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Understanding the %SFT_SOFTGRIDSERVER% environmental variable in Microsoft App-V

Understanding the %SFT_SOFTGRIDSERVER% environmental variable in Microsoft App-V

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KBHere’s a new App-V Knowledge Base article we published today.  This one covers the %SFT_SOFTGRIDSERVER% environmental variable:



After modifying the %SFT_SOFTGRIDSERVER% environment variable, Microsoft Application Virtualization (App-V) packages may fail to load or may connect to an incorrect server. In some cases, you may receive a 0A-10000002 error ("The specified Application Virtualization Server could not be accessed. Try again in a few minutes. If the problem persists, report the following error code to your System Administrator") if the system variable references a non-existent or inaccessible server.

This is most common in scenarios where the intent is to test packages located on a development server with the intention of later copying the package to the production environment. In this case, changes to either the user or system environmental variable %SFT_SOFTGRIDSERVER% will not be used by the App-V client.

In the case of user variables (that is, adding a variable called SFT_SOFTGRIDSERVER under Control Panel\System\Advanced System Settings\Advanced tab\Environmental Variables...\User variables for username), App-V does not read the %SFT_SOFTGRIDSERVER% for individual users. Only the system variable is honored.

In the case of system variables, this setting is only reflected after a system reboot. This is necessary for the App-V client services and drivers to properly and consistently read these variables. Any changes made to the %SFT_SOFTGRIDSERVER% variable are not reflected until either the Application Virtualization client service is restarted or the client operating system is rebooted.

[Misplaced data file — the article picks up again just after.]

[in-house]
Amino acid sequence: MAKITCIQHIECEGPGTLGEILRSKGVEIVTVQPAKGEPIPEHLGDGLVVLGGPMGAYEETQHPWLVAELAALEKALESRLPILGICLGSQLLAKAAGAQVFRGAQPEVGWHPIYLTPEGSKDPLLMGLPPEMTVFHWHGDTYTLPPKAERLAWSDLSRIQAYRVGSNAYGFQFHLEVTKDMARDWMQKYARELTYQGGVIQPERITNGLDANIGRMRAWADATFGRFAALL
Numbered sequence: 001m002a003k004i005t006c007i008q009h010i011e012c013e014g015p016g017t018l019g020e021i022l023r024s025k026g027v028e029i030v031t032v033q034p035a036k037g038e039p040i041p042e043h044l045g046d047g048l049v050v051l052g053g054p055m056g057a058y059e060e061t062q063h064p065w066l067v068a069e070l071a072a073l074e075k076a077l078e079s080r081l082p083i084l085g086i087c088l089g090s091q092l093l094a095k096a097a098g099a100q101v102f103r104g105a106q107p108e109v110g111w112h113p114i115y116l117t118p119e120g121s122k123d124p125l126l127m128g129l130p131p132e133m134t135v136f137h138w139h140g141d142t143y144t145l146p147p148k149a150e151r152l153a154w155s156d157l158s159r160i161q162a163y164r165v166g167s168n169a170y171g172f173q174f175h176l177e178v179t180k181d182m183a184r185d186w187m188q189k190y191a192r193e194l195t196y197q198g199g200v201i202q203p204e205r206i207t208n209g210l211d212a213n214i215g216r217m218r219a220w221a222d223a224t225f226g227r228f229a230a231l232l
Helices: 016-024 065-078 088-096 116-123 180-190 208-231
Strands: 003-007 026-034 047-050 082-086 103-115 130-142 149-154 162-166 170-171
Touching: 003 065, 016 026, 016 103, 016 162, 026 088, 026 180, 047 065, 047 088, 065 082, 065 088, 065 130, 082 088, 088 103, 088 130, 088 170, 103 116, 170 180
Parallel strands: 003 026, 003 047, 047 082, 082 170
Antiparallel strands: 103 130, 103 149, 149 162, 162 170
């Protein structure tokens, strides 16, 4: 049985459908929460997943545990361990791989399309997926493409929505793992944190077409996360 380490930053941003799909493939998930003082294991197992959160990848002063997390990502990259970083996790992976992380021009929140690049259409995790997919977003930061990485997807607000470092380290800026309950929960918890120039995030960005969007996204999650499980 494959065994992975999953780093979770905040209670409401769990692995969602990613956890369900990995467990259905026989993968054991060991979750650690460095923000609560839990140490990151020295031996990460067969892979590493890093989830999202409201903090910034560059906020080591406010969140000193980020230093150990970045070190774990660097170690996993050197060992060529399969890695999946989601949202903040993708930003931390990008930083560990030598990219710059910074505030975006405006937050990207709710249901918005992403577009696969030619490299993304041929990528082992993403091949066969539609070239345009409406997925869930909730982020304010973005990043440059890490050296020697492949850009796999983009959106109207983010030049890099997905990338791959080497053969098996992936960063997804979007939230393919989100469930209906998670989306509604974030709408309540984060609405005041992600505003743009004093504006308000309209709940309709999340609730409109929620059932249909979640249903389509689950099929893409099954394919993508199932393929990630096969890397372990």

This behavior is by design.


There are several possible workarounds to enable this scenario:

  1. Change the system %SFT_SOFTGRIDSERVER% environmental variable and then either restart the Application Virtualization Client service or reboot the client (in most cases restarting the service is sufficient; if this does not resolve the issue, you may need to restart the client). This is obviously the easiest method, but may not be desirable in some environments (for instance on, on a heavily-utilized Terminal Server).
  2. Edit the OSD directly and replace the %SFT_SOFTGRIDSERVER% variable with the actual name of the development server, or use another variable.
  3. Use an alternate application source root (ASR) (
  4. Use two separate versions of the application for testing.
More Information

User environmental variables override system environmental variables in Windows. Executables (including services and drivers) read environmental variables when they first launch, but do not subsequently re-read values.


For the most current information please see the following KB:

KB2552111 - Understanding the %SFT_SOFTGRIDSERVER% environmental variable in Microsoft App-V

J.C. Hornbeck | System Center Knowledge Engineer

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  • The link in item 4 cannot be accessed without an an account and password.

  • We'll get that fixed, Rick.

  • Thanks for the heads up, should be fixed now.

  • I'd rate "Application Source Root / ASR" first in the list of workarounds, because it offers the most flexible usage. Because it does not require a machine nor service restart it can be configured quite dynamic (like: Notebook: Resume action in a branch office). Keep in mind that SFT_SOFTGRIDSERVER and ApplicationSourceRoot are machine-wide settings (not user specific)

    A common misconcept is trying to use SFT_SOFTGRIDSERVER in the Publishing Server URL. That doesn't work

  • I'll second kirk_tn's comment - ApplicationSourceRoot should be the primary method of directing clients to the streaming source.

    I'll go as far as to recommend avoiding the use of SFT_SOFTGRIDSERVER whereever possible.

  • Interesting article but I usually use boxedapp for it....

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